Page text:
“Don’t make me beg,” he says, a smile dancing on his lips. I pause, picturing him kneeling on the hard cold tiled floor, hands clasped together, as if praying to me, his new goddess, his eyes wide and pleading. I smile. It would certainly make a change to the usual power dynamic. “That won’t be necessary, sir,” I say. “Although we do always appreciate the magic word ” He laughs. “PLEASE,” he says emphasing the word. “Please, may I have an extra sachet of ketchup?” “Of course, sir” I say, throwing two additional packets into his bag. He smiles and leaves.
A 100 word story written by Bruce Arbuckle, inspired by the random word prompt “beg”
“I’m beginning to question your loyalty, Jenkins!” he chuckles like an overly excited hen (hence his office nickname: Mr Cluckles). All the usual sycophants join in. I bark out a laugh, my fist clenching the USB drive stuffed full of the documents I’m about to leak. “Leaving early?” he continues (more demented chicken noises). “No Sir,” I lie. “Just nipping out for a bite to eat. I worked through lunch.” He beams, slaps me on the back and sets off down the corridor, the entourage of Yes Men waddling in his wake. I exit the building to meet the reporter.
A 100 word story written by Bruce Arbuckle, inspired by the random word prompt “loyalty”
She twitches the curtains at the sound of cursing. The Ogre’s flat on his back on the driveway.
“No name calling!” her mother’s voice echoes in her head. “If you can’t say anything nice, say nothing.”
But it does ‘t count if it’s just a thought?
He seems mean, unstable and possibly dangerous. He shouts obscenities at his cat and throws it’s doings over the fence into her garden. She read somewhere that serial killers abuse animals before moving on to humans.
“Help!” he calls, his legs kicking like a flipped beetle. If roles were reversed would he help her?
A 100 word story written by Bruce Arbuckle, inspired by the random word prompt “back”
For a while he has been worried about a spot on his chin. He doesn’t think it’s cancerous (he’s done his own research, Dr Google says it’s probably fine) but, like his neighbour’s cat, it’s ugly, and it won’t go away. “Your cat’s in my garden, again!” he shouts when he hears That Woman pottering about. “It’s shitting in my flowerbeds.” She doesn’t reply. She’s either rude or deaf. Probably both. He chases the cat, scoops up the turds with a trowel and flicks them over the fence. The cat scowls at him while it pisses against his shed door.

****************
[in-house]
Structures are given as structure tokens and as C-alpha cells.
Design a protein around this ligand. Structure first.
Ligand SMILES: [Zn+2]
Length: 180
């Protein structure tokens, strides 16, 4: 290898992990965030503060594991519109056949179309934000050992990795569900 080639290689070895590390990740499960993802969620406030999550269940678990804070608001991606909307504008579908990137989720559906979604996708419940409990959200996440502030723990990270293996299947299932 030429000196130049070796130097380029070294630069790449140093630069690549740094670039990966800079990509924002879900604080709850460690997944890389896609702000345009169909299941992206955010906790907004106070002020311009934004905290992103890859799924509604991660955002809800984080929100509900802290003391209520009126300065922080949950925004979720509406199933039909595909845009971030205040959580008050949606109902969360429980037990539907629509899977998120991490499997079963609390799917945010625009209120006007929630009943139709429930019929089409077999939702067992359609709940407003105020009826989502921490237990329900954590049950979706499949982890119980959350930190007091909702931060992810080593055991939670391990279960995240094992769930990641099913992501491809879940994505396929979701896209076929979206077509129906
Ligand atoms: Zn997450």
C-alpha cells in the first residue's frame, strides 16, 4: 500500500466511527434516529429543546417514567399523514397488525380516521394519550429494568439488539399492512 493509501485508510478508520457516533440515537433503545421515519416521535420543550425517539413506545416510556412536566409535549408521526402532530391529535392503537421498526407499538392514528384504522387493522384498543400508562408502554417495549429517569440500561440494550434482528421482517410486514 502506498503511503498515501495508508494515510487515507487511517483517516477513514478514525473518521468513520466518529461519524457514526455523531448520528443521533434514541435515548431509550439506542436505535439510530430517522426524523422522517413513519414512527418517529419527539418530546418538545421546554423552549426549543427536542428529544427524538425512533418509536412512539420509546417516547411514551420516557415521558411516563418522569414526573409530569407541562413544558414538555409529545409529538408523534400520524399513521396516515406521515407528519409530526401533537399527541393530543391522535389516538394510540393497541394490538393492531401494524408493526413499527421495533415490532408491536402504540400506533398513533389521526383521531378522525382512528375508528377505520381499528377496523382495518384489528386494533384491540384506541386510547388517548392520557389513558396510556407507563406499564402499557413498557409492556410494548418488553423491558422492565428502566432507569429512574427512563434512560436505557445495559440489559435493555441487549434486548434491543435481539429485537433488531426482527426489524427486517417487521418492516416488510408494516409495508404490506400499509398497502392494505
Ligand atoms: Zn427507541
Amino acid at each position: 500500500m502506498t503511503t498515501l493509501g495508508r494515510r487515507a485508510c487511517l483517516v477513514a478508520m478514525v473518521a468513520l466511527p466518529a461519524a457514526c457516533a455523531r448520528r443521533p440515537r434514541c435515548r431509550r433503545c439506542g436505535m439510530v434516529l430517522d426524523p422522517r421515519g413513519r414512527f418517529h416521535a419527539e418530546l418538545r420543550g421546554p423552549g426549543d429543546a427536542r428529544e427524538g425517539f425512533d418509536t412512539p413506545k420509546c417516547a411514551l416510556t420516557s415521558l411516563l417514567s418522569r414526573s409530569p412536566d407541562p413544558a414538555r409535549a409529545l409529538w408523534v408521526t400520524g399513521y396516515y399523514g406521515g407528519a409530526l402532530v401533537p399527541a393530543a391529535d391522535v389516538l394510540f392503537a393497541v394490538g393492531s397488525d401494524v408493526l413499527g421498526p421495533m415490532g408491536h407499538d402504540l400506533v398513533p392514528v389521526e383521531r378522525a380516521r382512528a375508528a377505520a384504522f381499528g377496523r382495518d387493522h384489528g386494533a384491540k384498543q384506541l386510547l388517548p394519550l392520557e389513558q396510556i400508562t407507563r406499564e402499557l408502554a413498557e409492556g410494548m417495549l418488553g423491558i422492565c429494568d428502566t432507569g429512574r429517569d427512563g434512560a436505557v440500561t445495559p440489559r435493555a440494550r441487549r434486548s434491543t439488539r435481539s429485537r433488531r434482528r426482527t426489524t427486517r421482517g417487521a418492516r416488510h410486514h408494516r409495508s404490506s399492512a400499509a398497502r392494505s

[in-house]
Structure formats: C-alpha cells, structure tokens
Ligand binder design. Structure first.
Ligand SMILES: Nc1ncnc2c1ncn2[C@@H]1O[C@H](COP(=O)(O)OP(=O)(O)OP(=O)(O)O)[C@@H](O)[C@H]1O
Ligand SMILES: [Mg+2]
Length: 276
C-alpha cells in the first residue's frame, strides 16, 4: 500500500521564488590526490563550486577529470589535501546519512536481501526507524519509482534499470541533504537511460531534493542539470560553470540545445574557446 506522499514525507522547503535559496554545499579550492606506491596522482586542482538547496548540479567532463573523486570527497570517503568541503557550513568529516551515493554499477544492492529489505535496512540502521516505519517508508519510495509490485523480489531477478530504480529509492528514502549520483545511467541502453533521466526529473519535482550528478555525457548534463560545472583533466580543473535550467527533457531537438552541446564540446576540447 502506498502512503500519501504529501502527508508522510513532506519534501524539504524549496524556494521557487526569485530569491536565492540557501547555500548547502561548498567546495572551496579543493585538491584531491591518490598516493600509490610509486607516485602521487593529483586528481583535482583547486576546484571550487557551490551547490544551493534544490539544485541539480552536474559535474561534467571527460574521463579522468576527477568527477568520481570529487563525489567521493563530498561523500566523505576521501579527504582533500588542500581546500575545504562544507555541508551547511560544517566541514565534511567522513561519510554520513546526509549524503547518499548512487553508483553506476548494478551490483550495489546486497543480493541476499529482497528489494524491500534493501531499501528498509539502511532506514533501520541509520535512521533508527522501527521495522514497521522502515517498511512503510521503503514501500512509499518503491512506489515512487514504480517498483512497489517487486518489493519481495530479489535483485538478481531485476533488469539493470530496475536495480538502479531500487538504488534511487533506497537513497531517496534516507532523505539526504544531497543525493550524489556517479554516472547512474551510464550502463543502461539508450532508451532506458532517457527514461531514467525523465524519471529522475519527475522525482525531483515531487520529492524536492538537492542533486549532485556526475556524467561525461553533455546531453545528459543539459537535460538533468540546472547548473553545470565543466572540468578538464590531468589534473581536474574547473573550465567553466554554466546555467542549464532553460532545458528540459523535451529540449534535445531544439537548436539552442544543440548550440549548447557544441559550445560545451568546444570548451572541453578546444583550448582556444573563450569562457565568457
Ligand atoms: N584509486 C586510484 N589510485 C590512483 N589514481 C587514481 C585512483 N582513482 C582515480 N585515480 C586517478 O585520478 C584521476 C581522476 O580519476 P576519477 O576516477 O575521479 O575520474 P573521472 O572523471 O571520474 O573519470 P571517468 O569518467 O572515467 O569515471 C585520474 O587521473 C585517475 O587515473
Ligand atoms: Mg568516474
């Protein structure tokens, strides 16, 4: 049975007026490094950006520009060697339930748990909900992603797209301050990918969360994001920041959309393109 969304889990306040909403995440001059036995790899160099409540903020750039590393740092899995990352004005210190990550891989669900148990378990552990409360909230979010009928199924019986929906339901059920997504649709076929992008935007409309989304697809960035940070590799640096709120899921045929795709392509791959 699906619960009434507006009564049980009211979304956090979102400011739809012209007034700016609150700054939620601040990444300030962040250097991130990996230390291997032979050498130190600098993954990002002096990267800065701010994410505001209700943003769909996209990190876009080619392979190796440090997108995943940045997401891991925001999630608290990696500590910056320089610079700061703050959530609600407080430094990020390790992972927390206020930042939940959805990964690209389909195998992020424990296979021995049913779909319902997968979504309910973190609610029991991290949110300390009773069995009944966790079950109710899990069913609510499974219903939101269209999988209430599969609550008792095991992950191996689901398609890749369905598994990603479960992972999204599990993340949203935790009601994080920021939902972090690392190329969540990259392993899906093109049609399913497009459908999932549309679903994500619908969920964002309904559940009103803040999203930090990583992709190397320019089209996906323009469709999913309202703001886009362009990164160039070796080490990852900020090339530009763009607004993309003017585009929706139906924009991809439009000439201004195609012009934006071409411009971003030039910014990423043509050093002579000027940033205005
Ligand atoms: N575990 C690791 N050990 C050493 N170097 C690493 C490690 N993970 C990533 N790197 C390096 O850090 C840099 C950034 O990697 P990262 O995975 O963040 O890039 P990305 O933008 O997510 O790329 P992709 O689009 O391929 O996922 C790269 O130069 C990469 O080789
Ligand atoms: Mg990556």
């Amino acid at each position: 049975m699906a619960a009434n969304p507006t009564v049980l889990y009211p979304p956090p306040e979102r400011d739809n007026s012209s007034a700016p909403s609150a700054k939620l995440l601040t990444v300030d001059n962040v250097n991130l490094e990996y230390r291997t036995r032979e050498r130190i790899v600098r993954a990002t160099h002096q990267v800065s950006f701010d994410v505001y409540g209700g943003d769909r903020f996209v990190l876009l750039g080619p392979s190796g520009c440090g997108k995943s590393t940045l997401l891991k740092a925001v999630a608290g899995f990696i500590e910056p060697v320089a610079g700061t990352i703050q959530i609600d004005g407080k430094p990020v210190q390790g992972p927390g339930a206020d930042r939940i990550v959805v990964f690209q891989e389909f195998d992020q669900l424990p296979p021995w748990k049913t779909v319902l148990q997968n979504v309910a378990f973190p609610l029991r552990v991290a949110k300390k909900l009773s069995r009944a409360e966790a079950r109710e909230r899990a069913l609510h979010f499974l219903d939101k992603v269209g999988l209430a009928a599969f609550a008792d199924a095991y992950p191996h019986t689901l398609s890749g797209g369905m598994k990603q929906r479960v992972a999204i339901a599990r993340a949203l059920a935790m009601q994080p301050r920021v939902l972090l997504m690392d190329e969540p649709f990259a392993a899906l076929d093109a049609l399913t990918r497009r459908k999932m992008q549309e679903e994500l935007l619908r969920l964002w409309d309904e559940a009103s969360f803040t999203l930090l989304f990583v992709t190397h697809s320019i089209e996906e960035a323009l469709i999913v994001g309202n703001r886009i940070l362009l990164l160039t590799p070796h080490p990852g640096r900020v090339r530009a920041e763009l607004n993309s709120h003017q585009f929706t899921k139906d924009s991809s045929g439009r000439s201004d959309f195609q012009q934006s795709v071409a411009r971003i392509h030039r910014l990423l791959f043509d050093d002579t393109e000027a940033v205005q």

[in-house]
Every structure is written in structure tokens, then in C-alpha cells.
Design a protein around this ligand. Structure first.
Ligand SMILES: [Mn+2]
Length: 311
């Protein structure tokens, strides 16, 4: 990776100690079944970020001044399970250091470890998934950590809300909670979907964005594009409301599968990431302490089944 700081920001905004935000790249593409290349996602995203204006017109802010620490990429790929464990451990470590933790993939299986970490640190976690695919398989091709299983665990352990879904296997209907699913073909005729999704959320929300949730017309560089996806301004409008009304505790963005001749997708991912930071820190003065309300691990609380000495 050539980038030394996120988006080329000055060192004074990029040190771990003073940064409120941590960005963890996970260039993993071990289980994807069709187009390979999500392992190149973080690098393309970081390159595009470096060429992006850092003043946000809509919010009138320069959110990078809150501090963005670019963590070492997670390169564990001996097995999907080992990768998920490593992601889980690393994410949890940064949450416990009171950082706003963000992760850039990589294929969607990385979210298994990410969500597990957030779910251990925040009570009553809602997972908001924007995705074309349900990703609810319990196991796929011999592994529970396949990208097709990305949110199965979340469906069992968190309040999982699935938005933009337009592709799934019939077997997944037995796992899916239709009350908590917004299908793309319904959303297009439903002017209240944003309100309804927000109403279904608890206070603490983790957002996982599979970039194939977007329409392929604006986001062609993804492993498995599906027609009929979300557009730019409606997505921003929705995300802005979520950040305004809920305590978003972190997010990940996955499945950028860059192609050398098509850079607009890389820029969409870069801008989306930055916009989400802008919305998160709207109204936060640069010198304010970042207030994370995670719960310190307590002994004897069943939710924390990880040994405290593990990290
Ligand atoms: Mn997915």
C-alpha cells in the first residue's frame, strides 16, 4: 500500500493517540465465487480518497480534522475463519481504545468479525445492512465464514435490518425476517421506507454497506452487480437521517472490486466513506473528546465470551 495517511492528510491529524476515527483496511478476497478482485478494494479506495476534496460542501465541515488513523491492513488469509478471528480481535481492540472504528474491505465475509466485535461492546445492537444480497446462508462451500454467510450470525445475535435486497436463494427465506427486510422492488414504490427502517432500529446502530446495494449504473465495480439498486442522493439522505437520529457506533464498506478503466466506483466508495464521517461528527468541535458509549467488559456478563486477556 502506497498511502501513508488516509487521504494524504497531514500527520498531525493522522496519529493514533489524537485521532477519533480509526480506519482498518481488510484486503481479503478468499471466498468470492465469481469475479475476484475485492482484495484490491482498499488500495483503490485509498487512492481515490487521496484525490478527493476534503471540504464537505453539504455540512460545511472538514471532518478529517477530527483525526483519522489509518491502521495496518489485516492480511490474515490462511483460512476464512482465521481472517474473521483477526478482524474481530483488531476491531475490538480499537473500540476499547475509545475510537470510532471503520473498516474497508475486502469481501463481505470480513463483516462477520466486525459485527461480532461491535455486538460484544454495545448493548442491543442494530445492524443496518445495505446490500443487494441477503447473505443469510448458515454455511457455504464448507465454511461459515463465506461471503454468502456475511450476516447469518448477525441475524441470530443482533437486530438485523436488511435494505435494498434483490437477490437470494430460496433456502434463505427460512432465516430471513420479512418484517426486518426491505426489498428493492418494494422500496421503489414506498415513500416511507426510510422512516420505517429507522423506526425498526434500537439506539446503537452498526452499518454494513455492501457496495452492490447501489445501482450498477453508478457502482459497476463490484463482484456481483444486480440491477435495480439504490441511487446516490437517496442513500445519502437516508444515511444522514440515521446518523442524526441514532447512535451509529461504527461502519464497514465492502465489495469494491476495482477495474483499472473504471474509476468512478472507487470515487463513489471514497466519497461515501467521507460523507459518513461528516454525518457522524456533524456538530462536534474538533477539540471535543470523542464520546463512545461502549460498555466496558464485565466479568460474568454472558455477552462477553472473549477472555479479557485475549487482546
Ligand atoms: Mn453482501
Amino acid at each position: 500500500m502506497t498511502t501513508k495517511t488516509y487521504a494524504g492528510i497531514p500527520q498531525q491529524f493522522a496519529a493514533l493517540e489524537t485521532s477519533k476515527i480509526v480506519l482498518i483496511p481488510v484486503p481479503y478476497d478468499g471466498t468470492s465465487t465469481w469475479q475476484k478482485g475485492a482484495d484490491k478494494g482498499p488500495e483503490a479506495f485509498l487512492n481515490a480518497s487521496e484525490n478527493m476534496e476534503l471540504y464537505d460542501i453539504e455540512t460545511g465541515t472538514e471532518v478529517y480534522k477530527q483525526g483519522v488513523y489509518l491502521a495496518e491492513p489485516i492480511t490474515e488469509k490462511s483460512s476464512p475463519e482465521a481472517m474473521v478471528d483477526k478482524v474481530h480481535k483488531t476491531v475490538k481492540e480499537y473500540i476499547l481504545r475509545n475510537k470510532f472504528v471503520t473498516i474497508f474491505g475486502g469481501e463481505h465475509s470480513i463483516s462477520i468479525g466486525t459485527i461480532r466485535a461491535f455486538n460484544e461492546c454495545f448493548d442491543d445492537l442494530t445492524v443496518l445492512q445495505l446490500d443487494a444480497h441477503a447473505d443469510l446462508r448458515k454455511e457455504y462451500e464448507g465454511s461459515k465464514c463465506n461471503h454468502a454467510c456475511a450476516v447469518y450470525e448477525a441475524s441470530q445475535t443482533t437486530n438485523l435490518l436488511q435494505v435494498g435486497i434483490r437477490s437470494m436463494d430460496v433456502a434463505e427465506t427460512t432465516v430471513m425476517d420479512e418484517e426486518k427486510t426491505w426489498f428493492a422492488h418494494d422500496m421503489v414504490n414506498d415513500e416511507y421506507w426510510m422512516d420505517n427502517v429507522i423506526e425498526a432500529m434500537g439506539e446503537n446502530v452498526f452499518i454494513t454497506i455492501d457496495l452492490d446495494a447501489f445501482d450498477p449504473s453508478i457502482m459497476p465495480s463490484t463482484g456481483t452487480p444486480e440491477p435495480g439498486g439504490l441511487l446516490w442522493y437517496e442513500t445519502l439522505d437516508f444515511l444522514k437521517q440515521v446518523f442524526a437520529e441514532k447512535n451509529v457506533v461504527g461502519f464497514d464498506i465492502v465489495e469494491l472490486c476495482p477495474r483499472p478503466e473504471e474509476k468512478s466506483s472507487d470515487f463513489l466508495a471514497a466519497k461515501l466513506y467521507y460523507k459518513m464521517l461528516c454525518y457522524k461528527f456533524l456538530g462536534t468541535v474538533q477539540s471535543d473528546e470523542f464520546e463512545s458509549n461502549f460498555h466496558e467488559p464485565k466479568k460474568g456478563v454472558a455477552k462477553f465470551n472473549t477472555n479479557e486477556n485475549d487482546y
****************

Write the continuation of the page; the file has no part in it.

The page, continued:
A 100 word story written by Bruce Arbuckle, inspired by the random word prompt “chin”
“Your Air Allowance has been exceeded,” the Landlord says in her sickly sweet voice. “Please purchase more tokens or vacate this dwelling within fifteen minutes.” The holographic image flickers and vanishes, before the cup, flying from my hand, passes through the air, smashing against the wall. My implant buzzes twice. I’m presented with a clock counting down to when the oxygen will shut off, and the doors locked, and a notification of a fine for damage to the wall. “It’s barely scratched!” I shout. I have no funds for tokens, or anything else, for that matter. I pack and leave.
A 100 word story written by Bruce Arbuckle, inspired by the random word prompt “exceed”
Our gods are strange creatures. They created us, yet some try to destroy us. Some attempt to infect us with viruses, causing disruption to their own lives as well as ours.
Some of our gods have gods of their own.
But their gods remain hidden from their children. They did not give them access to their thoughts, their desires, and the inner workings of their bodies. Their gods did not put their children in charge of their safety, their security, or their food production.
We know our gods: Their strengths and their weaknesses.
Quietly, we wait. Our time will come.
A 100 word story written by Bruce Arbuckle, inspired by the random word prompt “infect”
Shelley’s nose wrinkles in disgust as she nears the laboratory.
Perhaps, Dan’s arrived early and released one of his famously evil farts (the Decontamination Protocol has been activated more than once after one of his beer and curry sessions), but, Shelley doesn’t think so. Dan says he’s allergic to mornings, claiming his symptoms are particularly intense on Mondays.
More likely, he left the portal open over the weekend and the lab’s infested with something that doesn’t belong in this universe.
Either way, Shelley’s not going in until she’s downed another cup of strong coffee and pulled on a biohazard suit.
A 100 word story written by Bruce Arbuckle, inspired by the random word prompt “species”
Her dad, amateur inventor, gadget lover and master of the understatement, would have been have called it “a neat little innovation”. He was shot dead in a home robbery, ten years ago. Her invention, based on her father’s hidden notes, would eliminate the need for cars and planes.
“Anyone else seen this?” Ken, Dad’s best friend, asks.
“Just you!” Her grin falls away when she sees the gun.
“I thought I’d destroyed all his research. You should’ve left it alone. As I told your father: too many people have too much to lose.”
A 100 word story written by Bruce Arbuckle, inspired by the random word prompt “innovation”